She only seems to mention how things are done at mums when it's to her advantage. So she will conveniently forget to mention that she gets pudding here if she doesn't eat all her dinner whereas at mums, she doesn't or how she has to walk to school at mums whereas she gets chauffeured at ours or how mum doesn't have a shower but we do.

She will mention that at mums she can stay up later or at mums she doesn't have to tidy her room or how she's allowed crisps for lunch.

She's just playing the system. Not her fault but as long as she doesn't get her own way, all is good. I've just taken to repeating that I'm not her mum, I'm redhen and I do things my way. grin

PrettyPaperweight Sun 07-Jul-13 21:58:12

Of course you, as the child, are going to have opinions on which household does which particular thing best.

....just as a DC whose parents are living as a family says "grandma lets me" or "friend x is allowed to" wink Just because grandma, or friends parents do things in a way that a DC prefers doesn't mean that parents accept that way is best. Why should a blended family be any different?

I get that different routines in different households can be challenging for DCs to adapt to but yet again, it seems that it's different when step-parents are involved. There are thousands of children who split their time between homes - either because they board for school, or they are cared for by relatives several nights a week, or their families have two residences.....how are any of these situations different from a DC spending regular time between their two parents homes?

MirandaWest Sun 07-Jul-13 22:26:50

I hope my DC don't say that when they're with their dad. Hopefully he would treat it the way I do if they say done thing similar about how things are different when they're with him - I just say that different people do things differently. Which is true.

Feelingbetterbyfar Mon 08-Jul-13 06:29:52

Agree with the idea that living with a stepparent should not require special treatment of dc, but being offered different perspectives is special.

My ds has always liked sleepovers at friends and then tells me about something he likes there, food,... Whatever. Regarding his time spent at dad's place, we have always deliberately tried to do some things differently just so that it is obvious dad and sm have a home with some advantages and mum and sf have a home with other advantages. By stressing 'different is good' ds has never tried to play us off against each other. Getting his own way at either place is of course a different story and known to all parents... bio or step.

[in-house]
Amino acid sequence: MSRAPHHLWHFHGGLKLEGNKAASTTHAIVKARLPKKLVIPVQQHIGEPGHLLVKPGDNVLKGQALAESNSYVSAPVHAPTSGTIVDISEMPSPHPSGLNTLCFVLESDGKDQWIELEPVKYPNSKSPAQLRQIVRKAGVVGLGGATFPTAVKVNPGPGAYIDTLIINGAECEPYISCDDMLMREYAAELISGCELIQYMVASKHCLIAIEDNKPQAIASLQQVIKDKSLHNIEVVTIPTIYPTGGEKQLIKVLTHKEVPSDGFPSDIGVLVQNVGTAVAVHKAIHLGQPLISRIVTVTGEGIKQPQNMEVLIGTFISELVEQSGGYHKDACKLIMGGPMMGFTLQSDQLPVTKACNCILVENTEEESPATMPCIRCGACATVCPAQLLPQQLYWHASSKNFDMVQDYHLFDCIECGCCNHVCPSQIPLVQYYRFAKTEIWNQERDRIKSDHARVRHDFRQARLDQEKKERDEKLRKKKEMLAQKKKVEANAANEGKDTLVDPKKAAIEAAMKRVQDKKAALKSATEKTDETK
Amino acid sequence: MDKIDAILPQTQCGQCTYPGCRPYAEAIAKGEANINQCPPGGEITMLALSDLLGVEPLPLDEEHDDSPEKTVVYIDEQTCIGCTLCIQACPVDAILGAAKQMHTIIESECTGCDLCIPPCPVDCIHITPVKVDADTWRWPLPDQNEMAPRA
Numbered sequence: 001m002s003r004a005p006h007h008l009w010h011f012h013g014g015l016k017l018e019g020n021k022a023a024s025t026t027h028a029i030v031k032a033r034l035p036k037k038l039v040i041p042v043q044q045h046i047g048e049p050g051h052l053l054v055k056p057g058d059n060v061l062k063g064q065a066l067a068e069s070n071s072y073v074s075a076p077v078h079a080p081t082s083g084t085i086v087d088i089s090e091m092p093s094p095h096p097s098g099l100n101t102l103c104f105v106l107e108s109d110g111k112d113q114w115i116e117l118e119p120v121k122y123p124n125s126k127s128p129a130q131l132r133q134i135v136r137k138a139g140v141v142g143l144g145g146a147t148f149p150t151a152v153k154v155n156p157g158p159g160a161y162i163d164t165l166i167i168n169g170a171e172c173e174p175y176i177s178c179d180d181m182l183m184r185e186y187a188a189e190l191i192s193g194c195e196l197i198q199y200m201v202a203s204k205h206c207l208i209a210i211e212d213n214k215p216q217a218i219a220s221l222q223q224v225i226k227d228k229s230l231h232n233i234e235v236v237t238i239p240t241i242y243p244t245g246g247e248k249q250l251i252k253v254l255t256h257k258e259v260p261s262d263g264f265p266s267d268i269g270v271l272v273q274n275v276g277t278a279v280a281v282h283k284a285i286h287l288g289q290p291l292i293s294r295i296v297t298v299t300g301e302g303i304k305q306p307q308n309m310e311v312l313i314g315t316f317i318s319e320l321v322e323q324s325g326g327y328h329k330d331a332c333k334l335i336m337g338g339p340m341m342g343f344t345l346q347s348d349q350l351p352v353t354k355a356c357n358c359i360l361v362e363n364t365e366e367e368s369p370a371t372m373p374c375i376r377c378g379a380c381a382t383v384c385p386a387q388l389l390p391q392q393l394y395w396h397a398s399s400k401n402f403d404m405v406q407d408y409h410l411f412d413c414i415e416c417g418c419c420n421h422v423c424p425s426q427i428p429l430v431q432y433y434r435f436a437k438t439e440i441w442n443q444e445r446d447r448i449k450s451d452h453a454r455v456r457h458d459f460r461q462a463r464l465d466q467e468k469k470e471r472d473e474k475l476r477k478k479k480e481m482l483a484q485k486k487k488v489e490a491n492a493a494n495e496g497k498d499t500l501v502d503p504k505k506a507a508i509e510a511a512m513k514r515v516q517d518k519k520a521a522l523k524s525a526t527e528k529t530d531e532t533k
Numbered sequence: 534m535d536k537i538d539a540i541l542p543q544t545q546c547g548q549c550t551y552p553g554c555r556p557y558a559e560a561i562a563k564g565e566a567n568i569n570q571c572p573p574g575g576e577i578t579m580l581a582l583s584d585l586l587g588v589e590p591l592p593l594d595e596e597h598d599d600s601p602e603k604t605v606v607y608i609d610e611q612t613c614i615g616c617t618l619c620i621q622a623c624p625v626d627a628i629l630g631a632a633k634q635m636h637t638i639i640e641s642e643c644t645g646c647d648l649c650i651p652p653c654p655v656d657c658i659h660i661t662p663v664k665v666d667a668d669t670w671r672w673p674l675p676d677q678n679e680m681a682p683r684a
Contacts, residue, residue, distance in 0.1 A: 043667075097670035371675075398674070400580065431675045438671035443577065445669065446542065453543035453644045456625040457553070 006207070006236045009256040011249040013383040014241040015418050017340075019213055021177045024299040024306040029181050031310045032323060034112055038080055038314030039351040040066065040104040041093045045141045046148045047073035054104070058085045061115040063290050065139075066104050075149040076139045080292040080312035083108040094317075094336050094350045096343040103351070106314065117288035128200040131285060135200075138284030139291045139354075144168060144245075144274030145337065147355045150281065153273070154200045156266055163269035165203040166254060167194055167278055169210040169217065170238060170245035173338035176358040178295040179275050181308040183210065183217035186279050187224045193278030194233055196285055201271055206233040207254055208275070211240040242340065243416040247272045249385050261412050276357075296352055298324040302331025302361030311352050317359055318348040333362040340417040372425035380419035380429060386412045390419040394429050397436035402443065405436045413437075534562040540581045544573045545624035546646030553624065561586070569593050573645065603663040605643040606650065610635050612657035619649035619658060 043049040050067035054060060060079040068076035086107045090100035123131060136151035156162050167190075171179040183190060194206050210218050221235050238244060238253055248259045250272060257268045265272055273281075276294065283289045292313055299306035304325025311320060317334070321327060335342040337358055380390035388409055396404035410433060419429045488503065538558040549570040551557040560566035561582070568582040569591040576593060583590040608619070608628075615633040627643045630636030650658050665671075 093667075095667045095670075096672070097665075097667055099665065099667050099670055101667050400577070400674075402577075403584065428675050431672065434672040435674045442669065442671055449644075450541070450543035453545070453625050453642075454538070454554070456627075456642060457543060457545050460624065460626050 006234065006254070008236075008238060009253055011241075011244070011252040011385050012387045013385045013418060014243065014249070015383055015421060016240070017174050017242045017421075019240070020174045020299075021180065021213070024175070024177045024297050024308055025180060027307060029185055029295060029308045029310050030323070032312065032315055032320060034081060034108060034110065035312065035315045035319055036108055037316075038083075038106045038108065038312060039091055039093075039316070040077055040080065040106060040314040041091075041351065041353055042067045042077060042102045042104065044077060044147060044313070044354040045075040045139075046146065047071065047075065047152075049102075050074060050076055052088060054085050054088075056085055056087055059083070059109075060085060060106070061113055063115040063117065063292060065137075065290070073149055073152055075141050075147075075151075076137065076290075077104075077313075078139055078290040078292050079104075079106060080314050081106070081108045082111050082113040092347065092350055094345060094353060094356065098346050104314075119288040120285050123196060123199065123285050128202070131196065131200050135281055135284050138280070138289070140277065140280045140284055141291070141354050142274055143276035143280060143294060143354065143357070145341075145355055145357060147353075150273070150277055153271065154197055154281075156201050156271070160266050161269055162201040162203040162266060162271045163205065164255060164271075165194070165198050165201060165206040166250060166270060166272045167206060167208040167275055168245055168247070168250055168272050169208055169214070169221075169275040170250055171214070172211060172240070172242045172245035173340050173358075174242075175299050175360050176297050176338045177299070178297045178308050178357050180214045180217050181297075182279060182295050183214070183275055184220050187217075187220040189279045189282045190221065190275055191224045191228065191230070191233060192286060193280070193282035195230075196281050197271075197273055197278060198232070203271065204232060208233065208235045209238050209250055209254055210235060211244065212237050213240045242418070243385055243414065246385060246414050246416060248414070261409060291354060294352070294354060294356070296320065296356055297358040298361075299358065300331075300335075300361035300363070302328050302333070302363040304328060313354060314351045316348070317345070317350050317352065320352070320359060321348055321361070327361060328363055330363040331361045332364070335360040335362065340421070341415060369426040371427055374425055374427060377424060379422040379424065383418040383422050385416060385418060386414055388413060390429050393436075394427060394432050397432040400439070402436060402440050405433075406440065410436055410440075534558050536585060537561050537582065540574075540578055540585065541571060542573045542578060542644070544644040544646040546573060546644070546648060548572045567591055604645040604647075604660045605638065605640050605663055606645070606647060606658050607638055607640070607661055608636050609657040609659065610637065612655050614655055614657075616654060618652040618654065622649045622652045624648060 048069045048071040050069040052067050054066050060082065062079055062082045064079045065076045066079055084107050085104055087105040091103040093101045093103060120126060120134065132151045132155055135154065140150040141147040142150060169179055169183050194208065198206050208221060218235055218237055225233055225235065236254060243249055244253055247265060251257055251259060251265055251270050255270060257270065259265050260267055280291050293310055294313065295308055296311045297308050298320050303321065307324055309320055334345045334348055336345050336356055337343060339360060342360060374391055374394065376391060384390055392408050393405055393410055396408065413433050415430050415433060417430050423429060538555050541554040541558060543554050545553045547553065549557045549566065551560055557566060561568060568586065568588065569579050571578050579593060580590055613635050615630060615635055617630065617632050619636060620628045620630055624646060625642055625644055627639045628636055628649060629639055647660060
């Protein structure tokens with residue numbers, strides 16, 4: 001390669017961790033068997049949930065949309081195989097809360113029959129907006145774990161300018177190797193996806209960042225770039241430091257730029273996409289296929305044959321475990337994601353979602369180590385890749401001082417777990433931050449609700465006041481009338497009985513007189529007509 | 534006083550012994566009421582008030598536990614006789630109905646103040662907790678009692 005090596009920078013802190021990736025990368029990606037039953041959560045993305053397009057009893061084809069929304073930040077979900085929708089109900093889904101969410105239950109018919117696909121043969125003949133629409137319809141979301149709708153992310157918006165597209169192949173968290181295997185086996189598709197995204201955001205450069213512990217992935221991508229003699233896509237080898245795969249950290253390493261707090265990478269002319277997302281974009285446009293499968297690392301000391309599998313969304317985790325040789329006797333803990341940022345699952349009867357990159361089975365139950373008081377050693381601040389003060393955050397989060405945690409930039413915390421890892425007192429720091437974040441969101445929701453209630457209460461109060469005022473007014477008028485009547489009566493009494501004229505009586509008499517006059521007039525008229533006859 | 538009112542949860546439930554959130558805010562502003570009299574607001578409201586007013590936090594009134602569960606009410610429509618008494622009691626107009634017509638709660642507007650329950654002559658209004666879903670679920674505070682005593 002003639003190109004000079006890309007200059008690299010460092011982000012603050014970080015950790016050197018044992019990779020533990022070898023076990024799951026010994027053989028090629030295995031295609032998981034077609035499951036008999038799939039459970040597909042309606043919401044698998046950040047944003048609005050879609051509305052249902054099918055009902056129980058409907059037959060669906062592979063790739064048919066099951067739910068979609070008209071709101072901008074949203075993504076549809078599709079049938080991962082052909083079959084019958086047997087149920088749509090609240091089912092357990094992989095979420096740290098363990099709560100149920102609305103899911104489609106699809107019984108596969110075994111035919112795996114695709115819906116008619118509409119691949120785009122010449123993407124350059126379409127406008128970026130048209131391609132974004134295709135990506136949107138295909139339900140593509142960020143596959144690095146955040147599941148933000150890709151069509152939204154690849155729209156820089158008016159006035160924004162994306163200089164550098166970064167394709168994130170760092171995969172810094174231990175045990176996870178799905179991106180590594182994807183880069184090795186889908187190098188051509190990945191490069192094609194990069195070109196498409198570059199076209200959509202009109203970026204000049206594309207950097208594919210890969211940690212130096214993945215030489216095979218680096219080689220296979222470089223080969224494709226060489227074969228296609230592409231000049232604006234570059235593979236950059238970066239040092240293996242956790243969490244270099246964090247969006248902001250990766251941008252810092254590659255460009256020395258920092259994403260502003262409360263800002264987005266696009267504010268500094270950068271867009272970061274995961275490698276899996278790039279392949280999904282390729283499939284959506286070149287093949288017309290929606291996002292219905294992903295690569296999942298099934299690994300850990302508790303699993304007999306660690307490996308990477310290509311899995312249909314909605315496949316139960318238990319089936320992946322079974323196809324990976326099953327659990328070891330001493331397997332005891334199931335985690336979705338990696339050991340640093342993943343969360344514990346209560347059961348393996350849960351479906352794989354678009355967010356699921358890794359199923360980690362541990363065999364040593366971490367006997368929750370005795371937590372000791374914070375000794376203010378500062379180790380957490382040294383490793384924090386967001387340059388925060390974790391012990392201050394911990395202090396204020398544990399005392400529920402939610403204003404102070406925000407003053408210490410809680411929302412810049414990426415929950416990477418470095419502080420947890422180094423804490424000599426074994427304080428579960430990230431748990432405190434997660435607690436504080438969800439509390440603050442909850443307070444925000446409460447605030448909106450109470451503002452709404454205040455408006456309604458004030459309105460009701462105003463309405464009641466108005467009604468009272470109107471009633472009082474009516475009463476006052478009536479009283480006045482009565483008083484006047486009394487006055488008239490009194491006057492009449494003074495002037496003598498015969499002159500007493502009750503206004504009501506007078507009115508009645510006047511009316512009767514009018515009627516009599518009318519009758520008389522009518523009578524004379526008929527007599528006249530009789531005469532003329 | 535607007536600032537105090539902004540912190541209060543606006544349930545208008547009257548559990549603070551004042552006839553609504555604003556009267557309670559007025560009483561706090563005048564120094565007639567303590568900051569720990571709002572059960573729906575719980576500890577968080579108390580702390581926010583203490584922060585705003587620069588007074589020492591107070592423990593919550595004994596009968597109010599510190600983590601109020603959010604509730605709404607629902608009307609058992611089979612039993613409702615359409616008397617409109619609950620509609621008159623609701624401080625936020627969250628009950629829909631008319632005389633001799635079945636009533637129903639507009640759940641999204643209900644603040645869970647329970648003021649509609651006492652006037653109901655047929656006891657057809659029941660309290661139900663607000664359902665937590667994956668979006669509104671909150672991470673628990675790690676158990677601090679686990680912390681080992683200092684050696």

Unfortunately, my dh always cow towed to his dc and we would constantly hear how much better things are at mum's!
Luckily our couple counseling is starting to have a good effect (after over 6 months...) and dh is finally beginning to parent (2 very spoiled kids who have great difficulty making/keeping friends, as guess what? Life isn't all about 'ME!' and what I want.

heidiwine Mon 08-Jul-13 07:22:23

My DP's children did this all the time when we first met (went on for about 6 months). Everything I did was compared to their mum (from the way I cut peppers for salad to how I dressed). Like someone up thread said - they were probably finding it weird having me around and were a bit unsettled by me and comparing me to the central female figure in their lives was natural.
It did drive me a bit crazy - I often used the line 'well I do it this way cause that's the way my mum did it and I probably learnt from her'.
Now that they're used to me they don't make these comparisons (or maybe they just don't verbalise them ). We do get lots of 'mum let's me stay up till xyz time' and 'at mums I don't have to wash my hair unless I want to' and 'mum doesn't make me go swimming on a Saturday'. We know that they're playing us off against their mum (and that all the statements above are false!).
It is annoying when you're constantly being compared to your DP's ex (especially if you know she's not the saint she's being portrayed as) but it will pass and if that's the most annoying thing they're doing you're getting something right!